Perhaps every African American Orthodox Christian has August 28th circled on a calendar. It is the feast day of Abba Moses the Black. He is also known as the “Ethiopian” (due to his very dark “burnt” complexion), “Robber” (he was a former gang leader and thief), and “Strong” (mostly by Copts referring to a story where he subdued would be thieves and they also became monks). No, he is not a colorized “St. Patrick” for black people so that we can claim a saint too. Abba Moses was one of the most honored Desert Fathers of the time with a compelling influence in every corner of the Orthodox world.
Cyprian of Carthage (August 31st) was martyred well before the time of Moses. He was a bishop with the heart and mind of a monastic. Renunciation of this world and looking to the Lord’s kingdom was a theme of several of his writings. He hid from persecutors for a time until he was beheaded for the faith. Some heretics refused to allow those who disowned Jesus to return to the Church. Though repentance had to be taken seriously, Cyprian declared that it was possible for them to be accepted in the body of Christ.
Moved by the Holy Spirit, an Orthodox community in the Richmond, Virginia area embraced these two as patrons as they established the St. Cyprian of Carthage (OCA) parish. Karl (as he was known then) Berry attended a Vespers service there back in the 1980’s. He converted and became Fr. Moses Berry. Meeting other like-minded believers across the country, he helped to establish what is now the Fellowship of St. Moses the Black. I stumbled across the same parish about a decade later. In time, these two African holy men led me into the Orthodox Church as well.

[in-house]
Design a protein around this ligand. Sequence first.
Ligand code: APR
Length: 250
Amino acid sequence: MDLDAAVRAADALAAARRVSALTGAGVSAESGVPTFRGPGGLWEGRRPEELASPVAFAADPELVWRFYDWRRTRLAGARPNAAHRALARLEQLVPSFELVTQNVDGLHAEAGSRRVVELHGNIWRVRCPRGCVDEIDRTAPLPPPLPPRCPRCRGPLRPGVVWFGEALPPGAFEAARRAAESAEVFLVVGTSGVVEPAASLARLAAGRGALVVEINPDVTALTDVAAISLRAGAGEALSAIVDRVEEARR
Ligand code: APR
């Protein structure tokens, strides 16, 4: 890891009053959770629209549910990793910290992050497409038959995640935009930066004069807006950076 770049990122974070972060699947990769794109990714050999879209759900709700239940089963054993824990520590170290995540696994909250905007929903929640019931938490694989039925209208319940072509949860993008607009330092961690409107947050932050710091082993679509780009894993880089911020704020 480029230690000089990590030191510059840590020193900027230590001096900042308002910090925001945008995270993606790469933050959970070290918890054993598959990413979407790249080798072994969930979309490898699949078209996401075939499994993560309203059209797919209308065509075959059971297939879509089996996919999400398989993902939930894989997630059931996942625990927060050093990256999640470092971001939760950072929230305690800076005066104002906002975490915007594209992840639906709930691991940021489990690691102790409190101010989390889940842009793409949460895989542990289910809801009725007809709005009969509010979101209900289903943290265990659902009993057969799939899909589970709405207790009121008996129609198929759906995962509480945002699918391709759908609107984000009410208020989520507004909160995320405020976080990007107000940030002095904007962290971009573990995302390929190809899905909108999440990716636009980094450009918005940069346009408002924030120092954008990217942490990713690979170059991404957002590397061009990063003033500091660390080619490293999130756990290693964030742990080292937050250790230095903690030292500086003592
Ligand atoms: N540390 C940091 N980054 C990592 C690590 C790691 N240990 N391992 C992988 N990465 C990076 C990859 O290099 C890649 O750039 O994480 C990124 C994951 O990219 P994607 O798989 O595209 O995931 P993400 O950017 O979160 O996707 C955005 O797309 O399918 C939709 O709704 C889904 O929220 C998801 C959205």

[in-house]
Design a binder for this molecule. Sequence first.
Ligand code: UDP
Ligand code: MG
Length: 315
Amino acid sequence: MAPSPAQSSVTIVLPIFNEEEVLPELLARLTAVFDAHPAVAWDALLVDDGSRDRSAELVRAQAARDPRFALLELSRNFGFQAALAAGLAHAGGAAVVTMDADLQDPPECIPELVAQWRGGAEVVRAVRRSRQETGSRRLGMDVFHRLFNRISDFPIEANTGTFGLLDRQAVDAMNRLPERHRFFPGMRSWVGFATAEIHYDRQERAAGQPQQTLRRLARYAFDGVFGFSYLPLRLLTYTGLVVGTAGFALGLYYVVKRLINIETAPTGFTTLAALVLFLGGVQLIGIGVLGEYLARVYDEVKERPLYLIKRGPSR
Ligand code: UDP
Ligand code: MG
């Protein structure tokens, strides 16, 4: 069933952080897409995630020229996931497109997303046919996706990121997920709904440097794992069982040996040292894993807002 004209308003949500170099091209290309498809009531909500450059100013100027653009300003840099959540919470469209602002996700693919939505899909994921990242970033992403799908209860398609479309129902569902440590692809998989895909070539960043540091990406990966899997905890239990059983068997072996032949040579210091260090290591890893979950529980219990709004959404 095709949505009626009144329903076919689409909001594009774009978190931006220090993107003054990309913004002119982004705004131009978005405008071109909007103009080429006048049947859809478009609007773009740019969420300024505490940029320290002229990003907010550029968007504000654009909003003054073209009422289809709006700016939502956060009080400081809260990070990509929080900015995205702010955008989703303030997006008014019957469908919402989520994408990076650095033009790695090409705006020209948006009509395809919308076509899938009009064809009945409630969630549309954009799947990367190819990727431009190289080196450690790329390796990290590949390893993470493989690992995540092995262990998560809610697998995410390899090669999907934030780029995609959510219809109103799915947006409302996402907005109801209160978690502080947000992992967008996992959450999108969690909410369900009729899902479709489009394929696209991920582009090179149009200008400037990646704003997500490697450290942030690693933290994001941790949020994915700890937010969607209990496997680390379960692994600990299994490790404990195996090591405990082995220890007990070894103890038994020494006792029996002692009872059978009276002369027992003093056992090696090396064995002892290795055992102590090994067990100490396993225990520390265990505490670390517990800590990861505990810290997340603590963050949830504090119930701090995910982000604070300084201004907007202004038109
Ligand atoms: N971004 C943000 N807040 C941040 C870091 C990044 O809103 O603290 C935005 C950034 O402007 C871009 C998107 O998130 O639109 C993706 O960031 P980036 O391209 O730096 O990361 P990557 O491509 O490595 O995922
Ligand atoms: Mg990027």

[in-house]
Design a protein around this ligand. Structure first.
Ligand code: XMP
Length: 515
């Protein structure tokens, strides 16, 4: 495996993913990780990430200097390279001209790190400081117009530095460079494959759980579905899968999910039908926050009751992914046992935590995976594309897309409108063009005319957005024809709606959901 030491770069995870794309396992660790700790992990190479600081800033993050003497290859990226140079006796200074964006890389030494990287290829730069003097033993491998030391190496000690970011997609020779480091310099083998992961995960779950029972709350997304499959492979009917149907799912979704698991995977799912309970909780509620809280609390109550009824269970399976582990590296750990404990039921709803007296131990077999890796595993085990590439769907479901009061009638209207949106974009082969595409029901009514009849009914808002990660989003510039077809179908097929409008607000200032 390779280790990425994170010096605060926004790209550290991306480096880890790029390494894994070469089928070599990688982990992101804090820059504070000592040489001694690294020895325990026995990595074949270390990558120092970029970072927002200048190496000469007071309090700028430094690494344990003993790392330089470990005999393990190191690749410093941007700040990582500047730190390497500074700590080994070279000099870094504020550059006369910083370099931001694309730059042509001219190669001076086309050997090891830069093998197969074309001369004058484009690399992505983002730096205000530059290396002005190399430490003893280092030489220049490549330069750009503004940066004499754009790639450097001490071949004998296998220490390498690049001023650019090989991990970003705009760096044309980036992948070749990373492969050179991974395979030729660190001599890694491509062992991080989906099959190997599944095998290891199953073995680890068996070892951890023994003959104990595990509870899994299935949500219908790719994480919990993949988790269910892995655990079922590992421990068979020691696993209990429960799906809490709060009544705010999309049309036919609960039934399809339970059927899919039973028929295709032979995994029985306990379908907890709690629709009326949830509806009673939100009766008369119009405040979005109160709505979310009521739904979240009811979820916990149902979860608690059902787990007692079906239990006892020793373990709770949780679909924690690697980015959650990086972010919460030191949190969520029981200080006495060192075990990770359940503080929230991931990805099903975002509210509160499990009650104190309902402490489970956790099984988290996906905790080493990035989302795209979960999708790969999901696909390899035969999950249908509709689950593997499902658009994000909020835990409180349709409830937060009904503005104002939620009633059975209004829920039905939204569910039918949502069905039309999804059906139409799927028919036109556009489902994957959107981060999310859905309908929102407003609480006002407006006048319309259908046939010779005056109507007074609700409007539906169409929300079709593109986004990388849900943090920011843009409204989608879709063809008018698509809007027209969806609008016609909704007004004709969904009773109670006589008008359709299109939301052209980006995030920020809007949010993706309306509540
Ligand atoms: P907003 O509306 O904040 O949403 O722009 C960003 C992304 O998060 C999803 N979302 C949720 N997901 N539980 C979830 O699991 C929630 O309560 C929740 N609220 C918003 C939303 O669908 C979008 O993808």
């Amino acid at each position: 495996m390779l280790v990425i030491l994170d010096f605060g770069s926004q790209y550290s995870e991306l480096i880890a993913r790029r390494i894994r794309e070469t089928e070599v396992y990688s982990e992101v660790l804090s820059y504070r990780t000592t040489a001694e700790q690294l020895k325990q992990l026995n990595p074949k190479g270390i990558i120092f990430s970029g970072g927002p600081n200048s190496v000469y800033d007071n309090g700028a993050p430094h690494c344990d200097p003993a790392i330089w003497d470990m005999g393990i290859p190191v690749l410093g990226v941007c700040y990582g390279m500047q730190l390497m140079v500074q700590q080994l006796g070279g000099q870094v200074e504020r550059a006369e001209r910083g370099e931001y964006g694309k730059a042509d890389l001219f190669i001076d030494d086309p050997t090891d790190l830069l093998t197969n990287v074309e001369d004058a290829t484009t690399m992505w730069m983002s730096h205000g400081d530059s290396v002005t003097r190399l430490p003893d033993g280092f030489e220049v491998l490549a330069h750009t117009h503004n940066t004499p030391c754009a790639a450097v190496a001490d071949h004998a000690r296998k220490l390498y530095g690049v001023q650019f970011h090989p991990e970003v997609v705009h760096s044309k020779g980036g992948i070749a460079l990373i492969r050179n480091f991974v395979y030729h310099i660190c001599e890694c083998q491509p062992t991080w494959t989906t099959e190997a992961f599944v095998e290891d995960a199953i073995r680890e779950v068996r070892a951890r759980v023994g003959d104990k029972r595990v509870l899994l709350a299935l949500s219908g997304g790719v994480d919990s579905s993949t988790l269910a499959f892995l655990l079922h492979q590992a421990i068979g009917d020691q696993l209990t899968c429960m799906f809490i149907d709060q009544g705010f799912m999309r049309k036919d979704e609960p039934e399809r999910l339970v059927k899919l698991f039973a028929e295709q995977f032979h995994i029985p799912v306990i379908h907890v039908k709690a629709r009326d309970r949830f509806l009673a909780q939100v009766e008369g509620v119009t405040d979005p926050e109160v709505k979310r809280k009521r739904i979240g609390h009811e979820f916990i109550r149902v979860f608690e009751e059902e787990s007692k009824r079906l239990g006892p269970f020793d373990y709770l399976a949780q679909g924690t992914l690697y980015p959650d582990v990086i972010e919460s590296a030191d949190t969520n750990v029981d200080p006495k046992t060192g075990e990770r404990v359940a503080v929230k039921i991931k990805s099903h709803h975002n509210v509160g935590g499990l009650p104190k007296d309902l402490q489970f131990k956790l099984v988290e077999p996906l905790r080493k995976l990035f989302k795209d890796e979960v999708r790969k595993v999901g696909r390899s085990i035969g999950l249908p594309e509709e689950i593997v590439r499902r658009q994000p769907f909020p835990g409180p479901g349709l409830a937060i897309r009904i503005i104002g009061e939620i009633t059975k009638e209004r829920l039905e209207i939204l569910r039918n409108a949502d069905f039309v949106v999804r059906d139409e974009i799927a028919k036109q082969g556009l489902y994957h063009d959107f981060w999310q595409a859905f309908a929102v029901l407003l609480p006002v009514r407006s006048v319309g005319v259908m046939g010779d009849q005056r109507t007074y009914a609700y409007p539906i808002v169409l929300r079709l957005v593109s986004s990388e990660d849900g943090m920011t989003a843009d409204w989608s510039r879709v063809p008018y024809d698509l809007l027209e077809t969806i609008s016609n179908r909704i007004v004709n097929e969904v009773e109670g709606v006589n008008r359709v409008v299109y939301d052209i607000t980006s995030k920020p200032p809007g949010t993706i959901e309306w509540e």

August 5th Cantidus, Cantidian, and Sibelius (4th century) Martyrs of Egypt.
August 7th Or (390) A hermit of the Thebaid (Upper Egypt), said to have supernatural radiance due to his years of strict asceticism. “For a monk, this is the celebration of the Resurrection of Christ to elevate his mind and unite it with God.”
Potamia (4th century) Virgin saint of Alexandria.
Hyperechius (4th century) Desert Father of Egypt. Six lessons in the Sayings of the Desert Fathers are attributed to him.
August 8th Gregory (1346) Known as the “Sinaite” as he received his monastic tonsure on Mt. Sinai in Egypt. Gregory was very influential on Mt. Athos. His teachings on mental prayer are found in the Philokalia and wrote several hymns, including “It is Meet and Right” to the Holy Trinity.
August 9th Apostle Matthias (1st century) A follower of Jesus Christ during his earthly ministry and selected to replace Judas Iscariot (Acts 1:23-26). After Pentecost, Matthias evangelized in Ethiopia as well as Macedonia and Judea where he was stoned and beheaded.
Anthony (1st century) A citizen of Alexandria who was tortured by a pagan prince for not denying Christ. He gave his soul to God while burning in a fire.
Psoes (4th century) Egyptian monk
August 12th Pallamon (ca. 325) Egyptian instructor of St. Pachomius
August 16th Chaeremon (4th century) Monk of Nitra, Egypt. One lesson is attributed to him in the Sayings of the Desert Fathers
August 26th Tithoes (5th century) A disciple of Abba Pachomius and became the Abbot of Tabennisi Monastery. Seven lessons in the Sayings of the Desert Fathers are attributed to him.
Zer-Jacob (?) Missionary in Ethiopia
Ibestion the Confessor (ca. 450)
August 27th Poemen the Great (450) Also known as “The Shepherd.” A natiive Egyptian who sought out wise ascetics as a boy. As he was tonsured a monk, two of his brothers joined him. Two hundred nine lessons in the Sayings of the Desert Fathers are attributed to him.
August 28th Moses the Black (ca. 375) A very dark skinned man (ethiopian = “burn faced”) once a slave and then a robber. While attempting to rob a monastery, he was so moved by the hospitality of the monks, he repented, converted, and became a monk greatly known for his humility and spiritual life. He was killed by barbarians that he sought to be hospitable to. Twenty lessons from the Sayings of the Desert Fathers and lessons from Abba John Cassian’s Of the Holy Fathers of Sketis (Philokalia Vol. 1) are attributed to him.
August 30th Samarta (ca. 362) Egyptian saint
August 31st Cyprian (258) Bishop of Carthage. Born a pagan, he devoted himself to studying the scriptures and greatly criticized Roman society’s immorality. Cyprian led the Church against heretics, sometimes in hiding. As he was about to be martyred, the bishop gave 25 gold coins to his executioner.